Public reaction to the passing of Sir Roger Bannister last week highlights the important connection between sport and society.
Breaking the four-minute mile 60 years ago is still seen as a watershed moment, not only in athletics, but in human endeavour.
It's a feat known by so many, equal perhaps to conquering Everest.
Even today, with special running tracks, sport science and modern coaching techniques, running a sub four-minute mile is a key career milestone for a middle distance runner, and still no easy task.
As enthusiastic spectators and sometimes masters athletes, it brings great pleasure to see events such as the Scottish Night of Miles, hosted in Wellington annually, giving all-comers the chance to tackle the distance and test their ability against Bannister's four-minute mark.
The excitement of such an experience defines the positive side of participation in sport, one which encourages competence, confidence, connection, character, and caring for those involved.
So in the week when Bannister passes away, we also hear that local hero Nick Willis has to pull out of the Commonwealth Games and, disappointingly, two days later the Peter Snell International Mile race is cancelled due to "logistics".
This has left many aspiring young athletes without the chance to pit themselves against established competitors, the distance, and the clock.
Although Bannister's passing is obviously not connected in any way, it does raise the question of how the quest for international glory by high-performance sport could be to the detriment of those more important aspects of sport within our society.
Event promoters capitalising on the presence of high-profile athletes to bolster revenue and a government-sponsored cash-for-medals funding approach, completely ignores the more important aspect of connecting with and caring for the wider community through active participation.
Surely, in terms of the health of the nation, one international high-performance athlete not competing is irrelevant.
Indeed, even having the injured athlete at the event (so perhaps still being paid) and connecting with those participating rather than competing themselves would bolster all five "Cs" previously mentioned. This occurs at the Jamaican Schools Athletics Championships and it must be a real buzz for the kids to be walking amongst the like of Usain Bolt.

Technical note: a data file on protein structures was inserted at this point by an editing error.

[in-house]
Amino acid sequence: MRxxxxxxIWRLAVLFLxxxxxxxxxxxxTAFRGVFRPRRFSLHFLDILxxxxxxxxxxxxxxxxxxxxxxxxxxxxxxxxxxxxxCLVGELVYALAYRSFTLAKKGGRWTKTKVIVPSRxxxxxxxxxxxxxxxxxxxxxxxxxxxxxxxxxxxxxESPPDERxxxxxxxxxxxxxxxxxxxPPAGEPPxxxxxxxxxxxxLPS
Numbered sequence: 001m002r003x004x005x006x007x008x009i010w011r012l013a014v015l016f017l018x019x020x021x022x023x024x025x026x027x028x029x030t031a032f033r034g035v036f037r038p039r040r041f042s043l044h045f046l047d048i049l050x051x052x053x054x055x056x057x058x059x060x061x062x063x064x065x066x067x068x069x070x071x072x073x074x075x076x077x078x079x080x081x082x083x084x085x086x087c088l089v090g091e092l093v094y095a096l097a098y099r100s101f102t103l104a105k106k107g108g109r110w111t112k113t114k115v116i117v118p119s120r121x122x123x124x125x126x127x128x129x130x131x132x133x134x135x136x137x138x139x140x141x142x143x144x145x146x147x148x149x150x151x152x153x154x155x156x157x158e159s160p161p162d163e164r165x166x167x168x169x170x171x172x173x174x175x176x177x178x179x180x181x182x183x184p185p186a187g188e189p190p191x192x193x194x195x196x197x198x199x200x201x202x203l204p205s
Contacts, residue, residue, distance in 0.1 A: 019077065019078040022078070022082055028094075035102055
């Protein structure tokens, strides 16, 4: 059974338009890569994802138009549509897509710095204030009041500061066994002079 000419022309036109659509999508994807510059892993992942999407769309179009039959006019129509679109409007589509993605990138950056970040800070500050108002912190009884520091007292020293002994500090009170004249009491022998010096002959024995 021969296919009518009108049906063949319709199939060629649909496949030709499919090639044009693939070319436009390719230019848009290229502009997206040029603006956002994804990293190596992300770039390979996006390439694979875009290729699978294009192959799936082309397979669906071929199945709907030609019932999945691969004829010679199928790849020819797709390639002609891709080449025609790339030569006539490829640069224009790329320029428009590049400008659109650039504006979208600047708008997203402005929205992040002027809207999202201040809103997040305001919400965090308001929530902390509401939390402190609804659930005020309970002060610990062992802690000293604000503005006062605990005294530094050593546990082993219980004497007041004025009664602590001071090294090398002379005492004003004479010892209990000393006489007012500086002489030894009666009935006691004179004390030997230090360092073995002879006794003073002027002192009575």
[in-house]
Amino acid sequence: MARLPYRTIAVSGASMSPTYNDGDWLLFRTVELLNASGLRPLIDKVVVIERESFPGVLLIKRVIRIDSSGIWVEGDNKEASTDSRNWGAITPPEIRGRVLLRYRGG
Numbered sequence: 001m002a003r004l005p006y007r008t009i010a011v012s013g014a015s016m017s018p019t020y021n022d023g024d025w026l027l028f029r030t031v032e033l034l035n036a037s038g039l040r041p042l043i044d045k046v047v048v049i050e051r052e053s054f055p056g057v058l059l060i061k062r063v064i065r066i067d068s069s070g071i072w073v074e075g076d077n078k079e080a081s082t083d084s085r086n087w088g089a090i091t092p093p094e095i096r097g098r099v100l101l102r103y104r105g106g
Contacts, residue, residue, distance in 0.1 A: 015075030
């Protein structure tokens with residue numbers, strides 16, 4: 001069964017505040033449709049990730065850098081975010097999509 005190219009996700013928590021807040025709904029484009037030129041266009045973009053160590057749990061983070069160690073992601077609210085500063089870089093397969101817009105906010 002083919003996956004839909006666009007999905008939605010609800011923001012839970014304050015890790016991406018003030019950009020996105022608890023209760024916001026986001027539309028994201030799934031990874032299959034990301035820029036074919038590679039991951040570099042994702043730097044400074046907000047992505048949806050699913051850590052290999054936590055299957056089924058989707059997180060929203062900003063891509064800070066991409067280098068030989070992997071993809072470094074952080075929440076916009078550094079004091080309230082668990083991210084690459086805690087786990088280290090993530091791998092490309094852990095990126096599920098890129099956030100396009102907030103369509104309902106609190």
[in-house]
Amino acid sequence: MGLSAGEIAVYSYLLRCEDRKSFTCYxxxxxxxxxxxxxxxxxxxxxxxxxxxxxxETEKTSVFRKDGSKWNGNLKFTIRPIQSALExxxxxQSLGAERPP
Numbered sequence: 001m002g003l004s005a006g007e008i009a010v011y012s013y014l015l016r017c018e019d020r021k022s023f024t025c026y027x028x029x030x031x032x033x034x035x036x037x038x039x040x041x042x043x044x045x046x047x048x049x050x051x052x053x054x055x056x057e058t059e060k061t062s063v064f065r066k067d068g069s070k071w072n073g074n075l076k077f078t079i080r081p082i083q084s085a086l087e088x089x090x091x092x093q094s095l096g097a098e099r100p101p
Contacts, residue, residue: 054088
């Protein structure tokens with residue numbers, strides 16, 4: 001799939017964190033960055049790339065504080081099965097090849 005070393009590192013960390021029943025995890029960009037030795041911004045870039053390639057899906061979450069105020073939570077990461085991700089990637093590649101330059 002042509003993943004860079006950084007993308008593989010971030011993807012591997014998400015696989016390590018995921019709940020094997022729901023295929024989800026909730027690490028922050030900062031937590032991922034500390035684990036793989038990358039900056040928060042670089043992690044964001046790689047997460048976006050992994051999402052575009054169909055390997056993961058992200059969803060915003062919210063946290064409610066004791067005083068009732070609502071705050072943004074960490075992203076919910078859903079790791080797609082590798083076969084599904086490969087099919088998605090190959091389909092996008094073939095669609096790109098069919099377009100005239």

In the New Zealand middle distance running fraternity, only Angie Petty fronted up at the so-called Commonwealth Games trials held in January, while others were chasing targets elsewhere.
Maybe it's divine intervention, but Petty is currently only one of two athletes now representing our once great middle distance nation at the Commonwealth Games.
So why not bring more high-class international athletes to New Zealand during our summer season, rather than paying for our own athletes to disappear off the radar of our aspiring juniors. This way all our top athletes get the competition they believe will allow them to achieve qualifying times for major events.
The grass roots of the sport would then become connected rather than isolated from high performance and everyone wins. If our top field athletes, Tom Walsh and Eliza McCartney, can frequently appear on the New Zealand circuit and still perform on the international stage, why can't our middle-distance runners?
When you ponder the life-size monument produced by Chris Elliot and Ross Wilson at Cooks Gardens in Whanganui, you realise Snell was a giant not only at home.
His impact spreads much further than our green lands and high-performance athletics community. If the cancellation of the Peter Snell Mile meeting is nothing more than a financial decision based on one or two high-profile athletes not attending, then perhaps Snell might be disappointed at how the New Zealand athletics community is exploiting his legacy.
Maybe the New Zealand Secondary Schools Athletic Association should honour Snell's legacy and take his mile race to this year's North Island Secondary Schools championships in Whanganui and let the kids dream.
* Dr Paul Macdermid is a lecturer in Sport Coaching and Performance in Massey University's School of Sport, Exercise and Nutrition. * Professor Steve Stannard is Professor of Exercise Physiology in Massey University's School of Sport, Exercise and Nutrition.